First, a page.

Aquaculture America 2020

February 9 - 12, 2020

Honolulu, Hawaii


Simão Zacarias*, Stefano Carboni, Andrew Davie and David C. Little
 Institute of Aquacult ure - University of Stirling, FK94LA,  Stirling-Scotland, UK

The Pacific white shrimp (Litopenaeus vannamei ), is currently the most cultured marine shrimp worldwide with 75% of global shrimp production in 2016 and it represent an important marine food source for the consumers. Induction of rapid egg production i n captive  of this shrimp is usually induced by uni lateral eyestalk ablation which involves the removal or constriction of one eyestalk through cutting, cauterizing or tying to reduce the level of hormone that inhibit reproduction of shrimp in captivity . However, due to physiological imbalance and stress caused by this practice, it has attracted attention as an animal welfare issue .  As a result the development of alternatives to  the use of  unilateral eyestalk ablation in hatcheries has become a priority for producers, retailers and seafood certifiers.

The potential of using shrimp without  unilateral eyestalk ablation (non-ablated) in modern egg production practices has been evaluated and the quality of their offspring was assessed from early development stage to edible size under commercial scale. Our current results have demonstrat ed that  non-ablated shrimp  female can have similar level of productivity (eggs and nauplii per tank/day) as ablated animals if the broodstock are supplied high quality supplementary moist feed during pre-maturation. Non-ablated animals can produce more eggs and nauplii (>20% and >16%) than  conventionally ablated female. T he  mortality of non-ablated female  over a typical breeding period is almost half the level of ablated female. The offspring produced by non-ablated females have similar growth and  final  survival to those  from  ablated  female  from early development stage to edible size . However, salinity stress tests indicated that offspring from non-ablated female have better resilience (5 to 10% more survival) . Our findings suggest that it is possible to replace eyestalk ablation in commercial scale shrimp hatcheries and the quality of the offspring can improve in term of resilience to environmental stress.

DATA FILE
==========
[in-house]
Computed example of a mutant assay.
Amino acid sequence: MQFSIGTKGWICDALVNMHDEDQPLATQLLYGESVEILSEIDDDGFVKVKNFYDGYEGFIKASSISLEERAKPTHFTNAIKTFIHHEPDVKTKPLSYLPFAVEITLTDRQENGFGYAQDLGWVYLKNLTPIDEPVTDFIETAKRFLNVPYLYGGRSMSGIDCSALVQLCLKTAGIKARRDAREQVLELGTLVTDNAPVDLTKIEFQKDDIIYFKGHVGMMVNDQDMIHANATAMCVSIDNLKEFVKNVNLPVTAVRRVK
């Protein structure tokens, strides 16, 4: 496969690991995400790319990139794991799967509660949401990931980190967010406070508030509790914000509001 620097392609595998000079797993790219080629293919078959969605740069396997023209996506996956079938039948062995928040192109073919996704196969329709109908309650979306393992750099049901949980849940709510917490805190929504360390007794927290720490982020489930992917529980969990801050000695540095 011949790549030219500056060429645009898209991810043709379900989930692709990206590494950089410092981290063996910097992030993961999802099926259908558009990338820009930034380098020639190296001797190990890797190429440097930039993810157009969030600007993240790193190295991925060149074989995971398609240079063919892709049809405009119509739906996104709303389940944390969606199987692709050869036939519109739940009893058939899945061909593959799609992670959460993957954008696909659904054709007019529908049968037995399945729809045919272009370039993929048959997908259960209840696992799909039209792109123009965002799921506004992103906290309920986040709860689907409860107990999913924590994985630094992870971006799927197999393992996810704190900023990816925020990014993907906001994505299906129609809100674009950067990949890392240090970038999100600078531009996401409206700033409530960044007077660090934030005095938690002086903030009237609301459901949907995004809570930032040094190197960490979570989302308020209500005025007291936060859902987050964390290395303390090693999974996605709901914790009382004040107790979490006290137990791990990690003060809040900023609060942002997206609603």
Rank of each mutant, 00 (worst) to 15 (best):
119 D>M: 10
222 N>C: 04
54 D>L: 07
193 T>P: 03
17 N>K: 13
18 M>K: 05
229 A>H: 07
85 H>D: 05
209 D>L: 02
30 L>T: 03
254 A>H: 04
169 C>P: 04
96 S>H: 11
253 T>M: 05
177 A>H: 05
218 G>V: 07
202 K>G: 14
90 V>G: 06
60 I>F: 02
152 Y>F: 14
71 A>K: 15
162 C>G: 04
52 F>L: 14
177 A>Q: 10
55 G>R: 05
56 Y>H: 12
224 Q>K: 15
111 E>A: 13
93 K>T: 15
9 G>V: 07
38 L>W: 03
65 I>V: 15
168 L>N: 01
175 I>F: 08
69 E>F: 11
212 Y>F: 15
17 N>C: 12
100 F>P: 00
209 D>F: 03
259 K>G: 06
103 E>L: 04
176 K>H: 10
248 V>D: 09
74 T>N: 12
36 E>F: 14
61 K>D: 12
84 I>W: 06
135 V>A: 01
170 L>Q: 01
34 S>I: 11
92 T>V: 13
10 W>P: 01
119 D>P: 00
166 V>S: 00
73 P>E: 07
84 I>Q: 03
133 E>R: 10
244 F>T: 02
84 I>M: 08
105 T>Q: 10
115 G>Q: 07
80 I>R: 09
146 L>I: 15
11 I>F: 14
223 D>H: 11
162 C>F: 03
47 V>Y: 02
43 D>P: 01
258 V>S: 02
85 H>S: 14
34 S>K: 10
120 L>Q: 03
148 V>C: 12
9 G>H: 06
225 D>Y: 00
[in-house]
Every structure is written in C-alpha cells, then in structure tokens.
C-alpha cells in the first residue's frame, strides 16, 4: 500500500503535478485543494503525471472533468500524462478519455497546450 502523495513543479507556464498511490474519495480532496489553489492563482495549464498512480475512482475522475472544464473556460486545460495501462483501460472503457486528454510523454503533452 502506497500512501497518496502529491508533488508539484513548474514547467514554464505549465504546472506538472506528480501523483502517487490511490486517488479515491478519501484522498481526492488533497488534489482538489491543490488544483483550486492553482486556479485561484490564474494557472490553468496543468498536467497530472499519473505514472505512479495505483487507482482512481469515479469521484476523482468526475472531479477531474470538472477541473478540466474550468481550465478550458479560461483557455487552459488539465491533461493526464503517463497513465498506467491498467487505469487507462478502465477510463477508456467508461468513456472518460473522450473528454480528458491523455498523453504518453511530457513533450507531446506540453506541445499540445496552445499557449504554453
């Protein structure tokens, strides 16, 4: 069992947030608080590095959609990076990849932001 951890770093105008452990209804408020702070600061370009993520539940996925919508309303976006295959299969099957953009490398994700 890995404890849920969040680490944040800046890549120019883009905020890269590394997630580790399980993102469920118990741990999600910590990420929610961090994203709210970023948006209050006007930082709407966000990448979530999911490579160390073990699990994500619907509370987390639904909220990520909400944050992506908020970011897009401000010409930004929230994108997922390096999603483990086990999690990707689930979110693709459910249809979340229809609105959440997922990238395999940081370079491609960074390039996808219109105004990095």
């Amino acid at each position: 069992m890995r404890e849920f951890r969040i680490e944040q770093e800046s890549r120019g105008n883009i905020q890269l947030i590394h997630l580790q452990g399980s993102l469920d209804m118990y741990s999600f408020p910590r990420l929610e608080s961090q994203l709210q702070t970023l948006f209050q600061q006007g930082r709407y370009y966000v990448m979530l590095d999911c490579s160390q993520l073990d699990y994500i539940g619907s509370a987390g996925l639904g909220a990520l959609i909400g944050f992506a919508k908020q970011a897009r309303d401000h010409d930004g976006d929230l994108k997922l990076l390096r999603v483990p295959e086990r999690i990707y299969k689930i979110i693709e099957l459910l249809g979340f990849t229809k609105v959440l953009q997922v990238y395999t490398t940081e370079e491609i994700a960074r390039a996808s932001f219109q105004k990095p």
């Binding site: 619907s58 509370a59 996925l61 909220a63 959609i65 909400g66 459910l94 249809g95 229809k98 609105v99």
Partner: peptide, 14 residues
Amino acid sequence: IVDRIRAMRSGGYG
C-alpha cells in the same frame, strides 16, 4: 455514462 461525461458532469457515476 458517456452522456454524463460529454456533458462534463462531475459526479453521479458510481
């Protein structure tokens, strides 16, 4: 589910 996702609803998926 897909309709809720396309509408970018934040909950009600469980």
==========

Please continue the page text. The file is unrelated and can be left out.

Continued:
I would like to thank the Global Aquaculture Alliance, Labeyrie Fine Foods and Seajoy for their financial support . I would like to thank co-authors for their contribution in the project.